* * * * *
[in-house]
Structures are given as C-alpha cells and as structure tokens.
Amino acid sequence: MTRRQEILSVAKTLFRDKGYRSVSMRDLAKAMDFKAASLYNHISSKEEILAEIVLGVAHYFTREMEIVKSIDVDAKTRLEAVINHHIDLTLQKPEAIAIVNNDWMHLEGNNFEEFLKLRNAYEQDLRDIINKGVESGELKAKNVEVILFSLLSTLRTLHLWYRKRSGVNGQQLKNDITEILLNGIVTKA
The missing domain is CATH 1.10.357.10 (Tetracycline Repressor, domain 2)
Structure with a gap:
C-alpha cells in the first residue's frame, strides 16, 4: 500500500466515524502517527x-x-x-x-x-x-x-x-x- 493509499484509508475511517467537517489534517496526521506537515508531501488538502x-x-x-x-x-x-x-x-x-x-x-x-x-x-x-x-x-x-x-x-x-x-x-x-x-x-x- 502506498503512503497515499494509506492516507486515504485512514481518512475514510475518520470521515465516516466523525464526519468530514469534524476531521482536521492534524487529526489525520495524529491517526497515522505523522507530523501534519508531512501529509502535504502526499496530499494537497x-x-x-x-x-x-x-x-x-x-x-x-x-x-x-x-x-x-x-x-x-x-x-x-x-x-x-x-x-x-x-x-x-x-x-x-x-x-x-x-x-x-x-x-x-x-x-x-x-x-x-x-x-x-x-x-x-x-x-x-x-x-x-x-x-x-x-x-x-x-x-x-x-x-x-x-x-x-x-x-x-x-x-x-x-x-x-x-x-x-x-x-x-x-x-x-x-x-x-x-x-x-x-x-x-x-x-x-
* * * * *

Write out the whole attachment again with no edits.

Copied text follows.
[in-house]
Structures are given as C-alpha cells and as structure tokens.
Amino acid sequence: MTRRQEILSVAKTLFRDKGYRSVSMRDLAKAMDFKAASLYNHISSKEEILAEIVLGVAHYFTREMEIVKSIDVDAKTRLEAVINHHIDLTLQKPEAIAIVNNDWMHLEGNNFEEFLKLRNAYEQDLRDIINKGVESGELKAKNVEVILFSLLSTLRTLHLWYRKRSGVNGQQLKNDITEILLNGIVTKA
The missing domain is CATH 1.10.357.10 (Tetracycline Repressor, domain 2)
Structure with a gap:
C-alpha cells in the first residue's frame, strides 16, 4: 500500500466515524502517527x-x-x-x-x-x-x-x-x- 493509499484509508475511517467537517489534517496526521506537515508531501488538502x-x-x-x-x-x-x-x-x-x-x-x-x-x-x-x-x-x-x-x-x-x-x-x-x-x-x- 502506498503512503497515499494509506492516507486515504485512514481518512475514510475518520470521515465516516466523525464526519468530514469534524476531521482536521492534524487529526489525520495524529491517526497515522505523522507530523501534519508531512501529509502535504502526499496530499494537497x-x-x-x-x-x-x-x-x-x-x-x-x-x-x-x-x-x-x-x-x-x-x-x-x-x-x-x-x-x-x-x-x-x-x-x-x-x-x-x-x-x-x-x-x-x-x-x-x-x-x-x-x-x-x-x-x-x-x-x-x-x-x-x-x-x-x-x-x-x-x-x-x-x-x-x-x-x-x-x-x-x-x-x-x-x-x-x-x-x-x-x-x-x-x-x-x-x-x-x-x-x-x-x-x-x-x-x-